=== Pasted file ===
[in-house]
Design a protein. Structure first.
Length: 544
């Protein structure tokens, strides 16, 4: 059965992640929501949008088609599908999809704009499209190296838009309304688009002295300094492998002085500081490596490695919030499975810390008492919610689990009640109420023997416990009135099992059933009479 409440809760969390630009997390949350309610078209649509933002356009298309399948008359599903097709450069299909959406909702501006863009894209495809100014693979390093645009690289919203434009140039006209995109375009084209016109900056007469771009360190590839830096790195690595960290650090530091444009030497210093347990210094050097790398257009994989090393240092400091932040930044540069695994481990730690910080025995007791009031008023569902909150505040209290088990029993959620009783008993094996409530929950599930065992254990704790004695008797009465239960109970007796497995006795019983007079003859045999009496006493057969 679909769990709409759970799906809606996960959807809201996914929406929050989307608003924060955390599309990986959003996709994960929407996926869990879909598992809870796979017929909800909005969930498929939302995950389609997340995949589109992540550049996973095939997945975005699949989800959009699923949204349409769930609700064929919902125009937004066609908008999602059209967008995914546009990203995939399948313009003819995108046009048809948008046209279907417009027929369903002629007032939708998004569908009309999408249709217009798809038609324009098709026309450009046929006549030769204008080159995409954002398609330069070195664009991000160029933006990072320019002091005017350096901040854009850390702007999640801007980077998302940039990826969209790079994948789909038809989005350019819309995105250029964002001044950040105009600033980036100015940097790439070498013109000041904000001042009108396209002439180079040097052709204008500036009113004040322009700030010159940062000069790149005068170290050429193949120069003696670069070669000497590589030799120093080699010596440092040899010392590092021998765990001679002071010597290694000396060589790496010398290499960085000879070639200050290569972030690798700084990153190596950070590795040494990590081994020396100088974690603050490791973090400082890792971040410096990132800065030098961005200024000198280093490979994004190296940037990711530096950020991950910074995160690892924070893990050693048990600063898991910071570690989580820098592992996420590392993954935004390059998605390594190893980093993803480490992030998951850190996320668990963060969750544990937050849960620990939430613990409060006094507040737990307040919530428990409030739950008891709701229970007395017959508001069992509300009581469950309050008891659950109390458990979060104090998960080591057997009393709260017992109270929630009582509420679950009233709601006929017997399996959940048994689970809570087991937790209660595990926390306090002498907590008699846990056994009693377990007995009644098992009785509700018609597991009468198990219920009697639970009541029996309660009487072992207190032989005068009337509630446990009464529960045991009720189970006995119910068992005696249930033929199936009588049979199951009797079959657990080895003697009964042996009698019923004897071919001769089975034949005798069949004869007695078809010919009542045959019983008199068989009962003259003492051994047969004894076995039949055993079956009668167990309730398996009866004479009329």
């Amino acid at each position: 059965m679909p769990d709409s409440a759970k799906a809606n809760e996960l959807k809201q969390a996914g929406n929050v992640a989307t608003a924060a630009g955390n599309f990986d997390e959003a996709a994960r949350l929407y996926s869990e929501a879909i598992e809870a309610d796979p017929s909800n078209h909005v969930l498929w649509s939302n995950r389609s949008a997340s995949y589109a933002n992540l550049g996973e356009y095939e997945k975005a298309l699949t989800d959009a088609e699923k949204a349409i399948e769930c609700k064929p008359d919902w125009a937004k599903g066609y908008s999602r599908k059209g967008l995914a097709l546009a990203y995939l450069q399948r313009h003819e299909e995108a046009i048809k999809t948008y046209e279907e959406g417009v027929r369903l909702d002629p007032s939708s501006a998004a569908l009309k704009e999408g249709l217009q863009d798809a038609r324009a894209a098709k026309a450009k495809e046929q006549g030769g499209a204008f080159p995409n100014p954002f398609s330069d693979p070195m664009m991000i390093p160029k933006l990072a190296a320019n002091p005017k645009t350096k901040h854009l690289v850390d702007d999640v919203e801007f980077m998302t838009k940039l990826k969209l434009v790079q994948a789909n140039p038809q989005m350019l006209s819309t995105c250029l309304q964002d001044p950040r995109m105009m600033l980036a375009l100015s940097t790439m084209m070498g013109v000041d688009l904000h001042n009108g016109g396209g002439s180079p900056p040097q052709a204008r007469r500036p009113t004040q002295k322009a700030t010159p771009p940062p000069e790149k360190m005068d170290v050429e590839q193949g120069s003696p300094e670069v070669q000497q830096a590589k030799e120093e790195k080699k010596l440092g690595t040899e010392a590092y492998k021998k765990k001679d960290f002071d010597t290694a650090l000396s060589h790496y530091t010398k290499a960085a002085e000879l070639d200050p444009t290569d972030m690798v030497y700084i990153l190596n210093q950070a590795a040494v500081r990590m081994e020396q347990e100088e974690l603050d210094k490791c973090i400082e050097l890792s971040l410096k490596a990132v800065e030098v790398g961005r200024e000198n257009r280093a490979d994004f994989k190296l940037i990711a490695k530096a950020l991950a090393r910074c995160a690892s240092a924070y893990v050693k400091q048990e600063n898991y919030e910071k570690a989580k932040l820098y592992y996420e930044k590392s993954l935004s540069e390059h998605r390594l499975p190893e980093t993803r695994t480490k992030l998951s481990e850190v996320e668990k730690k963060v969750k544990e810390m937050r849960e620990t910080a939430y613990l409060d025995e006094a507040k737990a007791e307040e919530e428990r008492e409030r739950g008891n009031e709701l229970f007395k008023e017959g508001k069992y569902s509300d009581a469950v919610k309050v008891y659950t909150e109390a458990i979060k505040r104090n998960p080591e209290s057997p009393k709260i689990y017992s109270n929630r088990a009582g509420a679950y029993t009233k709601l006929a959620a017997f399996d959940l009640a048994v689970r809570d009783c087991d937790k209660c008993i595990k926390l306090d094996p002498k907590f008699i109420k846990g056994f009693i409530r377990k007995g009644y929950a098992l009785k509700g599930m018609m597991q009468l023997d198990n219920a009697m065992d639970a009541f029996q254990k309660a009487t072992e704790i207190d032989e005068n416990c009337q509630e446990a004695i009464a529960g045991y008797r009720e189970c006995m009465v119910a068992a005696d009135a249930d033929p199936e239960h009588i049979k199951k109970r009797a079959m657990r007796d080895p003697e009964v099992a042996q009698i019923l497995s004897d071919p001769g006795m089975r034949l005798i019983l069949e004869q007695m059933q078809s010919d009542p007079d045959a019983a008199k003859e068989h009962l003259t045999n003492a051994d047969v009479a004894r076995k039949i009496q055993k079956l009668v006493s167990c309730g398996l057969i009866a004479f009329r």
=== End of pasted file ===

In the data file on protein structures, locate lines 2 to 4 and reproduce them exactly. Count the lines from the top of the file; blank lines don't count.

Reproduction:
Design a protein. Structure first.
Length: 544
């Protein structure tokens, strides 16, 4: 059965992640929501949008088609599908999809704009499209190296838009309304688009002295300094492998002085500081490596490695919030499975810390008492919610689990009640109420023997416990009135099992059933009479 409440809760969390630009997390949350309610078209649509933002356009298309399948008359599903097709450069299909959406909702501006863009894209495809100014693979390093645009690289919203434009140039006209995109375009084209016109900056007469771009360190590839830096790195690595960290650090530091444009030497210093347990210094050097790398257009994989090393240092400091932040930044540069695994481990730690910080025995007791009031008023569902909150505040209290088990029993959620009783008993094996409530929950599930065992254990704790004695008797009465239960109970007796497995006795019983007079003859045999009496006493057969 679909769990709409759970799906809606996960959807809201996914929406929050989307608003924060955390599309990986959003996709994960929407996926869990879909598992809870796979017929909800909005969930498929939302995950389609997340995949589109992540550049996973095939997945975005699949989800959009699923949204349409769930609700064929919902125009937004066609908008999602059209967008995914546009990203995939399948313009003819995108046009048809948008046209279907417009027929369903002629007032939708998004569908009309999408249709217009798809038609324009098709026309450009046929006549030769204008080159995409954002398609330069070195664009991000160029933006990072320019002091005017350096901040854009850390702007999640801007980077998302940039990826969209790079994948789909038809989005350019819309995105250029964002001044950040105009600033980036100015940097790439070498013109000041904000001042009108396209002439180079040097052709204008500036009113004040322009700030010159940062000069790149005068170290050429193949120069003696670069070669000497590589030799120093080699010596440092040899010392590092021998765990001679002071010597290694000396060589790496010398290499960085000879070639200050290569972030690798700084990153190596950070590795040494990590081994020396100088974690603050490791973090400082890792971040410096990132800065030098961005200024000198280093490979994004190296940037990711530096950020991950910074995160690892924070893990050693048990600063898991910071570690989580820098592992996420590392993954935004390059998605390594190893980093993803480490992030998951850190996320668990963060969750544990937050849960620990939430613990409060006094507040737990307040919530428990409030739950008891709701229970007395017959508001069992509300009581469950309050008891659950109390458990979060104090998960080591057997009393709260017992109270929630009582509420679950009233709601006929017997399996959940048994689970809570087991937790209660595990926390306090002498907590008699846990056994009693377990007995009644098992009785509700018609597991009468198990219920009697639970009541029996309660009487072992207190032989005068009337509630446990009464529960045991009720189970006995119910068992005696249930033929199936009588049979199951009797079959657990080895003697009964042996009698019923004897071919001769089975034949005798069949004869007695078809010919009542045959019983008199068989009962003259003492051994047969004894076995039949055993079956009668167990309730398996009866004479009329």